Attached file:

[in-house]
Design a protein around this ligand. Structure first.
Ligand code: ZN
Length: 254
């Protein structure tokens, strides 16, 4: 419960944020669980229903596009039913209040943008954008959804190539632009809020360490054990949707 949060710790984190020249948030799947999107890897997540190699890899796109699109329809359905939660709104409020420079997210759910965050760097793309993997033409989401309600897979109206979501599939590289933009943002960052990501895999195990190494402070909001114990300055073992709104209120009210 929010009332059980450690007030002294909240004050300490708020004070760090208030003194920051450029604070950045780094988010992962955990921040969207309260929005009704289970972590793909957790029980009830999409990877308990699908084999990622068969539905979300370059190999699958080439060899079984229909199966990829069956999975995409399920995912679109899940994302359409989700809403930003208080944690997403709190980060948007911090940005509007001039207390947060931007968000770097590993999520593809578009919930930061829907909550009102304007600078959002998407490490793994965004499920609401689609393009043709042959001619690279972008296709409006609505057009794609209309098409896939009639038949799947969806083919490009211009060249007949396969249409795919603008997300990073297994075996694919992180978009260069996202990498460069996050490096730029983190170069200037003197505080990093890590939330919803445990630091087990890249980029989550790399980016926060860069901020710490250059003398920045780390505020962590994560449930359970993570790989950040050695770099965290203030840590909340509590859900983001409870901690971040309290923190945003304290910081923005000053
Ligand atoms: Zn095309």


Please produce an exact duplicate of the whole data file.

[in-house]
Design a protein around this ligand. Structure first.
Ligand code: ZN
Length: 254
């Protein structure tokens, strides 16, 4: 419960944020669980229903596009039913209040943008954008959804190539632009809020360490054990949707 949060710790984190020249948030799947999107890897997540190699890899796109699109329809359905939660709104409020420079997210759910965050760097793309993997033409989401309600897979109206979501599939590289933009943002960052990501895999195990190494402070909001114990300055073992709104209120009210 929010009332059980450690007030002294909240004050300490708020004070760090208030003194920051450029604070950045780094988010992962955990921040969207309260929005009704289970972590793909957790029980009830999409990877308990699908084999990622068969539905979300370059190999699958080439060899079984229909199966990829069956999975995409399920995912679109899940994302359409989700809403930003208080944690997403709190980060948007911090940005509007001039207390947060931007968000770097590993999520593809578009919930930061829907909550009102304007600078959002998407490490793994965004499920609401689609393009043709042959001619690279972008296709409006609505057009794609209309098409896939009639038949799947969806083919490009211009060249007949396969249409795919603008997300990073297994075996694919992180978009260069996202990498460069996050490096730029983190170069200037003197505080990093890590939330919803445990630091087990890249980029989550790399980016926060860069901020710490250059003398920045780390505020962590994560449930359970993570790989950040050695770099965290203030840590909340509590859900983001409870901690971040309290923190945003304290910081923005000053
Ligand atoms: Zn095309």